ECJ upholds annulment of €33.6 million fine imposed on HSBC
The Court of Justice of the European Union (ECJ) has upheld the annulment of the €33.6 million fine imposed on the HSBC Group. The relevant announcement was issued on January 12, 2023.
The HSBC Group is a banking group, and one of its activities is global banking and markets. HSBC France and HSBC Bank are responsible for the negotiation of Euro Interest Rate Derivatives (EIRDs). HSBC France is responsible for submitting rates to the Euro Interbank Offered Rate (Euribor) panel.
Following inspections at the premises of a number of financial institutions, including at HSBC’s premises, the European Commission initiated infringement proceedings against those financial institutions, including HSBC. By decision of 7 December 2016, the Commission found that Crédit agricole, HSBC and JPMorgan Chase had participated in a single and continuous infringement consisting of restricting or distorting competition in the EIRD sector. For that infringement, the Commission imposed a fine of €33,606,000 on HSBC.
By its judgment of 24 September 2019, the General Court of the European Union largely upheld the Commission’s finding that HSBC had participated in an infringement of competition law. However, it annulled the fine imposed on the basis that the statement of reasons was insufficient.
By the present appeal, companies from the HSBC Group seek the annulment in part of the judgment of the General Court, to the extent that the latter dismissed its action. They also ask the Court of Justice to annul the Commission’s decision on the HSBC companies’ participation in the single and continuous infringement.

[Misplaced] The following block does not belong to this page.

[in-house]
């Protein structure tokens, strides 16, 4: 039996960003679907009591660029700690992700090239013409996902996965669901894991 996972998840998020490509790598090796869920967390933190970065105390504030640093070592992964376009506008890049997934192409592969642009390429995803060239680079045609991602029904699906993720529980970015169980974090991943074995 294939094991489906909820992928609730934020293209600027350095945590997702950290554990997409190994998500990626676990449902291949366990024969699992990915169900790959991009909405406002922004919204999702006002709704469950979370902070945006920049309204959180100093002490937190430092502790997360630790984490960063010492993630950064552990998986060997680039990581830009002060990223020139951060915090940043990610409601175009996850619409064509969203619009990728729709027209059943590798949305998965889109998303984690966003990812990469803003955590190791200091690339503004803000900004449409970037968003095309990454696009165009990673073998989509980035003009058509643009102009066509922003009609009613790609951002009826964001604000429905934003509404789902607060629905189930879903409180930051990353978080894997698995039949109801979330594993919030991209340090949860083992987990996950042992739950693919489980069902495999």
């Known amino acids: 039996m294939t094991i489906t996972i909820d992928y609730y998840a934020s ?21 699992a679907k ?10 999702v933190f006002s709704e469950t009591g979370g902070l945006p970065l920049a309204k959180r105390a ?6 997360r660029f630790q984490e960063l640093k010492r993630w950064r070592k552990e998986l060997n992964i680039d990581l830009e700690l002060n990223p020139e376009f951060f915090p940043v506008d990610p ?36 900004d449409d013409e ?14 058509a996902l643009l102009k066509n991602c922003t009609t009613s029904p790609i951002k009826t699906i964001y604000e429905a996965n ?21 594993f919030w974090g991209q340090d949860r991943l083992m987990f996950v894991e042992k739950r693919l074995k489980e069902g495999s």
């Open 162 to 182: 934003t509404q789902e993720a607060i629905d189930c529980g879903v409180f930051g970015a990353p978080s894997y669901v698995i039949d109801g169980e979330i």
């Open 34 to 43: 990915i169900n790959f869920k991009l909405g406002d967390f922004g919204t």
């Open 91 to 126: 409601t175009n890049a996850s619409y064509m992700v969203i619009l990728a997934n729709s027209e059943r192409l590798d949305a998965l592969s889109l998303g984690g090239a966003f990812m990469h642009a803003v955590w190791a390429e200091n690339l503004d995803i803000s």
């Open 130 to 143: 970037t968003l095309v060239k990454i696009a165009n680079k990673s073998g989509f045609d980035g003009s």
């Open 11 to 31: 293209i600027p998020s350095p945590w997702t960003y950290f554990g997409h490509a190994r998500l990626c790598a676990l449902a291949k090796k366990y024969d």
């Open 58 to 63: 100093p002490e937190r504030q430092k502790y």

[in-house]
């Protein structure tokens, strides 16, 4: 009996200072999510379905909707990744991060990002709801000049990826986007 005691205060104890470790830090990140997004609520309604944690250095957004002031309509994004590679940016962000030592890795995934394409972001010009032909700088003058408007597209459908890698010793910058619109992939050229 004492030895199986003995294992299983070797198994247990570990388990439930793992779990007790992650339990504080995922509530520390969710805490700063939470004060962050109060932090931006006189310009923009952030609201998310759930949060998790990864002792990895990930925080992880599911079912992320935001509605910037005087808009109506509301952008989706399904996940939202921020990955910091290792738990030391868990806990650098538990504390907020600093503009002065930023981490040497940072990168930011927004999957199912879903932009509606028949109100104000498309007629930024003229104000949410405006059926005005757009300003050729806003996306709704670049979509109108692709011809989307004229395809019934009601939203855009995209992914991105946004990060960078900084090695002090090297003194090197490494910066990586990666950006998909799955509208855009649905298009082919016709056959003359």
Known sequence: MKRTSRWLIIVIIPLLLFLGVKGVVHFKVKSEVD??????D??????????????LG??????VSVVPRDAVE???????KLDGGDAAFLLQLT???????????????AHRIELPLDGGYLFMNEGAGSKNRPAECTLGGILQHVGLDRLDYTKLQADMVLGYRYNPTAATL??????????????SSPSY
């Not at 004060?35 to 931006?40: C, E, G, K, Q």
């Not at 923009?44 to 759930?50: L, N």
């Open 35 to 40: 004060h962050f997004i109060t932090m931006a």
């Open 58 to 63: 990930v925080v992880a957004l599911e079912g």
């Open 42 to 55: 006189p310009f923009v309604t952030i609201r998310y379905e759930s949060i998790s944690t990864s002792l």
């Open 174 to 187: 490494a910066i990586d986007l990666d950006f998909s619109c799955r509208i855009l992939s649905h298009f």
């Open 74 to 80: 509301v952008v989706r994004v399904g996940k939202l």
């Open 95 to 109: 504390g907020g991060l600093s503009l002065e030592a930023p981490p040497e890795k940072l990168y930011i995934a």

In the judgment issued on January 12, 2023, the Court of Justice sets aside the General Court’s judgment in so far as it dismisses the action brought by HSBC Holdings plc. However, the judgment under appeal stands in so far as it annuls the fine imposed on the HSBC Group.
In that regard, the Court of Justice finds that the General Court’s reasoning as regards the presumption of innocence was vitiated by two errors in law. The Court of Justice also finds that the General Court applied an incorrect test when it held that it was for the HSBC companies either to show that the discussions on mids were directly related and necessary to the functioning of the EIRD market or that they met the conditions in Article 101(3) TFEU.
Such an error led it not to examine the HSBC companies’ arguments that the exchanges on mids had pro-competitive effects, whereas those exchanges had been raised by those companies in order to call into question the characterisation of those exchanges as a restriction by object.
Having deemed that the state of the proceedings in Case T-105/17 is such as to allow it to give final judgment on the pleas in that case, the Court of Justice goes on to examine the pleas put forward before the General Court as regards the Commission’s findings of an infringement by object and of a single and continuous infringement, and breach of the presumption of innocence, of the right to good administration and of the rights of the defence.
The Court of Justice dismissed the HSBC companies’ action challenging the finding that it participated in the cartel at issue.